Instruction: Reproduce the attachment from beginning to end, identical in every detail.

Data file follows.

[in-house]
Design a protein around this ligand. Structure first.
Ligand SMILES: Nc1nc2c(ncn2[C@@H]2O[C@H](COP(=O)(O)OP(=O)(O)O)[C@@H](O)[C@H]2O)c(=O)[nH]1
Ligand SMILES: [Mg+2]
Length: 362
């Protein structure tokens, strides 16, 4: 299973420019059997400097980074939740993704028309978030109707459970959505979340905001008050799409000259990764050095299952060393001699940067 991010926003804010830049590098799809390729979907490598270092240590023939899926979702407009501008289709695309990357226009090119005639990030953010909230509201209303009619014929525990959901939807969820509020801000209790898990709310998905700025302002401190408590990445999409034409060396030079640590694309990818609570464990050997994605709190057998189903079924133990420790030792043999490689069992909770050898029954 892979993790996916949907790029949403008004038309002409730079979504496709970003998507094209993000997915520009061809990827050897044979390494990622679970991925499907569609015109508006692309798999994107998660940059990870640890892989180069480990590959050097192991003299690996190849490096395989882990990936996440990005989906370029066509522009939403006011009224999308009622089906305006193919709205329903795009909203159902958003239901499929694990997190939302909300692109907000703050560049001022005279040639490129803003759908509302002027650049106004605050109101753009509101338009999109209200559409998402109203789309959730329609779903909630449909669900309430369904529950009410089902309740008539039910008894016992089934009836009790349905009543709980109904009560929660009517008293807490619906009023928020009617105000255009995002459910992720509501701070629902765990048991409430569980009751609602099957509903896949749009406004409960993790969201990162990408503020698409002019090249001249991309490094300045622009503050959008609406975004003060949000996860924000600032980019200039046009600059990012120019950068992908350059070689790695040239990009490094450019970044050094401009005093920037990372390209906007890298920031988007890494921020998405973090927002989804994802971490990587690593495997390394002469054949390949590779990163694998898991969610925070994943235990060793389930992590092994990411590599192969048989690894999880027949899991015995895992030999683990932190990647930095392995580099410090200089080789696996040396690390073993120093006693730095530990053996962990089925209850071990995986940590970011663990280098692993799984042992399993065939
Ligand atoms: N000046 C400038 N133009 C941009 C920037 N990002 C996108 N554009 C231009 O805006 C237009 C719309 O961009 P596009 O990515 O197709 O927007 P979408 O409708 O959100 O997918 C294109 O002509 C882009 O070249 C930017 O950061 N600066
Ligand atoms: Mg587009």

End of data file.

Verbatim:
[in-house]
Design a protein around this ligand. Structure first.
Ligand SMILES: Nc1nc2c(ncn2[C@@H]2O[C@H](COP(=O)(O)OP(=O)(O)O)[C@@H](O)[C@H]2O)c(=O)[nH]1
Ligand SMILES: [Mg+2]
Length: 362
């Protein structure tokens, strides 16, 4: 299973420019059997400097980074939740993704028309978030109707459970959505979340905001008050799409000259990764050095299952060393001699940067 991010926003804010830049590098799809390729979907490598270092240590023939899926979702407009501008289709695309990357226009090119005639990030953010909230509201209303009619014929525990959901939807969820509020801000209790898990709310998905700025302002401190408590990445999409034409060396030079640590694309990818609570464990050997994605709190057998189903079924133990420790030792043999490689069992909770050898029954 892979993790996916949907790029949403008004038309002409730079979504496709970003998507094209993000997915520009061809990827050897044979390494990622679970991925499907569609015109508006692309798999994107998660940059990870640890892989180069480990590959050097192991003299690996190849490096395989882990990936996440990005989906370029066509522009939403006011009224999308009622089906305006193919709205329903795009909203159902958003239901499929694990997190939302909300692109907000703050560049001022005279040639490129803003759908509302002027650049106004605050109101753009509101338009999109209200559409998402109203789309959730329609779903909630449909669900309430369904529950009410089902309740008539039910008894016992089934009836009790349905009543709980109904009560929660009517008293807490619906009023928020009617105000255009995002459910992720509501701070629902765990048991409430569980009751609602099957509903896949749009406004409960993790969201990162990408503020698409002019090249001249991309490094300045622009503050959008609406975004003060949000996860924000600032980019200039046009600059990012120019950068992908350059070689790695040239990009490094450019970044050094401009005093920037990372390209906007890298920031988007890494921020998405973090927002989804994802971490990587690593495997390394002469054949390949590779990163694998898991969610925070994943235990060793389930992590092994990411590599192969048989690894999880027949899991015995895992030999683990932190990647930095392995580099410090200089080789696996040396690390073993120093006693730095530990053996962990089925209850071990995986940590970011663990280098692993799984042992399993065939
Ligand atoms: N000046 C400038 N133009 C941009 C920037 N990002 C996108 N554009 C231009 O805006 C237009 C719309 O961009 P596009 O990515 O197709 O927007 P979408 O409708 O959100 O997918 C294109 O002509 C882009 O070249 C930017 O950061 N600066
Ligand atoms: Mg587009």